Friday, August 29, 2014

Superman, Teen Titans, Avengers trade reviews

Admittedly, I have more graphic novels, individual comic books, novels and celebrity biographies to read that even the most dedicated fan could handle. Regardless, I find myself still buying comics at conventions and checking out more trade paperbacks/hardbacks from the local library.

Here are reviews of six sentences or less of one graphic novel, SUPERMAN: EARTH ONE — VOLUME TWO, and two trades, TEEN TITANS: VOLUME TWO — THE CULLING and a Marvel Now collection, UNCANNY AVENGERS: THE RED SHADOW:

SUPERMAN: EARTH ONE — VOLUME TWO: In essence, this is the first appearance of Parasite in J. Michael Straczynski's EARTH ONE universe. The subplots include Lois Lane investigating her DAILY PLANET co-worker Clark Kent (only to find out he's intentionally set himself apart from others and tried to blend in ever since high school), Kent struggling with intimacy and the military beginning to take a stand on "aggressive countermeasures" to use against Superman — if the need arises. JMS does a fine job of writing Kent, but his Man of Steel comes off rather flat and uninspiring for some reason — and one of those reasons is the path of massive destruction Superman leaves in his fight with Parasite. Artist Shane Davis draws attractive people, especially Kent's va-va-voom neighbor Lisa Lasalle (Metropolis can't have enough alliterative L-names I guess!), but I still detest Kent's hairstyle.

There's a lot going on in this story and by the time JMS introduces Lex Luthor and his devious wife Alexandra into the mix, it's clear EARTH ONE lacks focus. Much like its predecessor, there's a lot of "eh" — waaaay too much of it. Grade: B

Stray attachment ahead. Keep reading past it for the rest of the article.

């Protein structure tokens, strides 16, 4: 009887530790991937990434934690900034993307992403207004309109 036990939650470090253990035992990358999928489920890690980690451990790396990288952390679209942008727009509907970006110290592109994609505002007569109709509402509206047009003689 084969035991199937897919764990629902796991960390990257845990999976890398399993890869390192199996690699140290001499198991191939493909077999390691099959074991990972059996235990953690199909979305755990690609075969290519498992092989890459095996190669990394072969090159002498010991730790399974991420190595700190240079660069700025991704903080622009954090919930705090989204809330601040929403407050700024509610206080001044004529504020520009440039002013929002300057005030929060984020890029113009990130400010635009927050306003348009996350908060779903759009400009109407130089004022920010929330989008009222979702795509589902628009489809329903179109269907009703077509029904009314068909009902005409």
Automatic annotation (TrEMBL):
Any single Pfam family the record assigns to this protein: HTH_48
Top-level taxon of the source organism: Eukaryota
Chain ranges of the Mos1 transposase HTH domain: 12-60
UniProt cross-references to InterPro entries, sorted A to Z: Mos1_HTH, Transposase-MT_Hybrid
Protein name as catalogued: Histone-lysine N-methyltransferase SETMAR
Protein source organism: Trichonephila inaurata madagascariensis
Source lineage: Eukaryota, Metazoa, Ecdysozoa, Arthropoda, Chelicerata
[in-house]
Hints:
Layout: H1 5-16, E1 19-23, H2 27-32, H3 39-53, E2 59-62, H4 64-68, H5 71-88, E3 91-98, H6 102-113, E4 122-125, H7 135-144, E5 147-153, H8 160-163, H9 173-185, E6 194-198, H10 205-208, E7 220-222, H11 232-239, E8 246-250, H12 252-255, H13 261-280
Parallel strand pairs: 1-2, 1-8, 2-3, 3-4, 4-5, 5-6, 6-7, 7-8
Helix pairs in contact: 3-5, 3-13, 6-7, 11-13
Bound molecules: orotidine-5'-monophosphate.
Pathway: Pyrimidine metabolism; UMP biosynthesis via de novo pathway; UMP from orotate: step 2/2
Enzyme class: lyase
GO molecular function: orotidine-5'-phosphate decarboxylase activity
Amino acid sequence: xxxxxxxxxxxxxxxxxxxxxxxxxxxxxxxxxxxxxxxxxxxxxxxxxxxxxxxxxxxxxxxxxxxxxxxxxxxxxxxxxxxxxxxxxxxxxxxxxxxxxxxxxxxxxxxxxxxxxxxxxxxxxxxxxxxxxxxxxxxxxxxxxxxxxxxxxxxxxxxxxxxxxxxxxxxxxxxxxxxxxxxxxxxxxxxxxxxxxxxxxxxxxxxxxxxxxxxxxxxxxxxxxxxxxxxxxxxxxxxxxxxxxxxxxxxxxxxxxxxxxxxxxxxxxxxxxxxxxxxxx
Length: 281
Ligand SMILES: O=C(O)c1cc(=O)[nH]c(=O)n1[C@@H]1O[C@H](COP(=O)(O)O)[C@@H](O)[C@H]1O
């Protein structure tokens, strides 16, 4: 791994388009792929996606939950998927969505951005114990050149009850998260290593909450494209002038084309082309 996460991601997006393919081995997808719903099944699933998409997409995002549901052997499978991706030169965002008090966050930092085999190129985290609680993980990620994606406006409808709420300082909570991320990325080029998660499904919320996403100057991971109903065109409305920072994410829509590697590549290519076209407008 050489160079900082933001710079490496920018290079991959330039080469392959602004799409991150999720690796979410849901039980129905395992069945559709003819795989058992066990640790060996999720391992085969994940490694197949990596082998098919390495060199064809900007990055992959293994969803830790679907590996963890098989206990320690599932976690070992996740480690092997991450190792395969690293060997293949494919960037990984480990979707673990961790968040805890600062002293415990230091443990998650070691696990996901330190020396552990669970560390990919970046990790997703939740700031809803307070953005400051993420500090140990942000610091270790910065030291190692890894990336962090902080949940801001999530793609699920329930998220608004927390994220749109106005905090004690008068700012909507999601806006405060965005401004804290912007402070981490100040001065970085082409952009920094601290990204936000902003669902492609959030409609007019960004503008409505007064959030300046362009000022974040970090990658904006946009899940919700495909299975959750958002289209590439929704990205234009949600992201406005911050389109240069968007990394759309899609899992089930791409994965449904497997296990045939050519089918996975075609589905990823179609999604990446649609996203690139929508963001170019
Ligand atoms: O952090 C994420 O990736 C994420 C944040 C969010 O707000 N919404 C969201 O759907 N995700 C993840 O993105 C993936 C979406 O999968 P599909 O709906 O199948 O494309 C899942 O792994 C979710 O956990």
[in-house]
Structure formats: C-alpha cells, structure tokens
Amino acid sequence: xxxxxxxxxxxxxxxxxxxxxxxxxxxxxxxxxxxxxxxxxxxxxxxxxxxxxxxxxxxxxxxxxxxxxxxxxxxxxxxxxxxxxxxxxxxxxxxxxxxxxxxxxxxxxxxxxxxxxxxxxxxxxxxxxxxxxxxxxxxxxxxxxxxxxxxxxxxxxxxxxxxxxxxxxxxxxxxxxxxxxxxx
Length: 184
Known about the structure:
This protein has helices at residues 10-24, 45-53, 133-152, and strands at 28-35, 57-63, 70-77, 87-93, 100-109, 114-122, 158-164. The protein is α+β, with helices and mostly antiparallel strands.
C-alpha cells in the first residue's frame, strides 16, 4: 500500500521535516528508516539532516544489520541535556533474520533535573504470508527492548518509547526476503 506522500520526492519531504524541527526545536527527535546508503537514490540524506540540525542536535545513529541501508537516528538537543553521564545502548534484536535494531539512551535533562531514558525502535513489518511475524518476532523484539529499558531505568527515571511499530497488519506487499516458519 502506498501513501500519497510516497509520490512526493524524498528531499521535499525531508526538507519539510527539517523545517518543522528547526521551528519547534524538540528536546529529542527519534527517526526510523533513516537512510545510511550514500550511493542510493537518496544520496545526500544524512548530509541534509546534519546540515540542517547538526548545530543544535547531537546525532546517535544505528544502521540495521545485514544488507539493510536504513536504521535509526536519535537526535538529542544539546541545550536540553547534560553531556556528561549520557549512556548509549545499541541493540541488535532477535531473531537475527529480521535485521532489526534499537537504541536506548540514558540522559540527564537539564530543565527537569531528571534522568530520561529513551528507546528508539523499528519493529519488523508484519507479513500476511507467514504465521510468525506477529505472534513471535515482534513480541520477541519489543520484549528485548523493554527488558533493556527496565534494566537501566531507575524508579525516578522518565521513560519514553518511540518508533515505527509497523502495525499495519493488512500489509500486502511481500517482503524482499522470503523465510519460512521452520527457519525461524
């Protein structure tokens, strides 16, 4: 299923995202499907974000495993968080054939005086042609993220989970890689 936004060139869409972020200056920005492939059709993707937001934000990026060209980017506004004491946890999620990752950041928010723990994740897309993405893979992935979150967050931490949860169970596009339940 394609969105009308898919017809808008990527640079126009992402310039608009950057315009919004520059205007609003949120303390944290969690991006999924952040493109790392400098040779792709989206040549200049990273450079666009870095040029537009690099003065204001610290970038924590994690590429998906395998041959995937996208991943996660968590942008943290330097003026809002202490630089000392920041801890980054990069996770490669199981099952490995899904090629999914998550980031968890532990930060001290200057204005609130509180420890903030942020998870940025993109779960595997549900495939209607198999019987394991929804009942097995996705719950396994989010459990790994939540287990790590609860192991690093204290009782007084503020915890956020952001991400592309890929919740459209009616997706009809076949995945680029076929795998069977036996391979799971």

TEEN TITANS: VOLUME TWO — THE CULLING  (collecting TEEN TITANS Nos. 8-14): Too many characters, too many local shifts and not enough focus. The first portion wraps up the storyline started in the first volume and the rest of the trade is kinda all over the place.

The most interesting subplot involves the origin of Wonder Girl's "silent armor" and somehow through all this melodrama we're supposed to believe Red Robin (aka Tim Drake) has a thing for Wonder Girl and the still obnoxious Kid Flash and Solstice are a couple. I should have listened to my inner fanboy and left this trade on the shelf. Grade: C

UNCANNY AVENGERS: THE RED SHADOW (the first five issues of that series, first published in 2012): Everyone handles a loved one's death differently — and it's no different for the Avengers or X-Men.

In the aftermath of the massive, must-read "Avengers vs. X-Men" storyline and Professor Charles Xavier's murder, the two teams have joined forces in part to show the rest of the world that mutants shouldn't be feared. Given all that, Captain America's choice to lead the new superhero team is a controversial one, Havok — the brother of the very man responsible for Xavier's death. To add to the tension, Rogue still despises Scarlet Witch over the ramifications she caused during the "House of M" storyline.

Writer Rick Remender has a great handle on each character, but I'm not thrilled with John Cassady's art this time. With the Red Skull inciting the general populace into a frenzy of hate and this trade ending with Rogue borrowing Wonder Man's super-strength to wallop one of the baddies, this series is a doozie. Grade: B+

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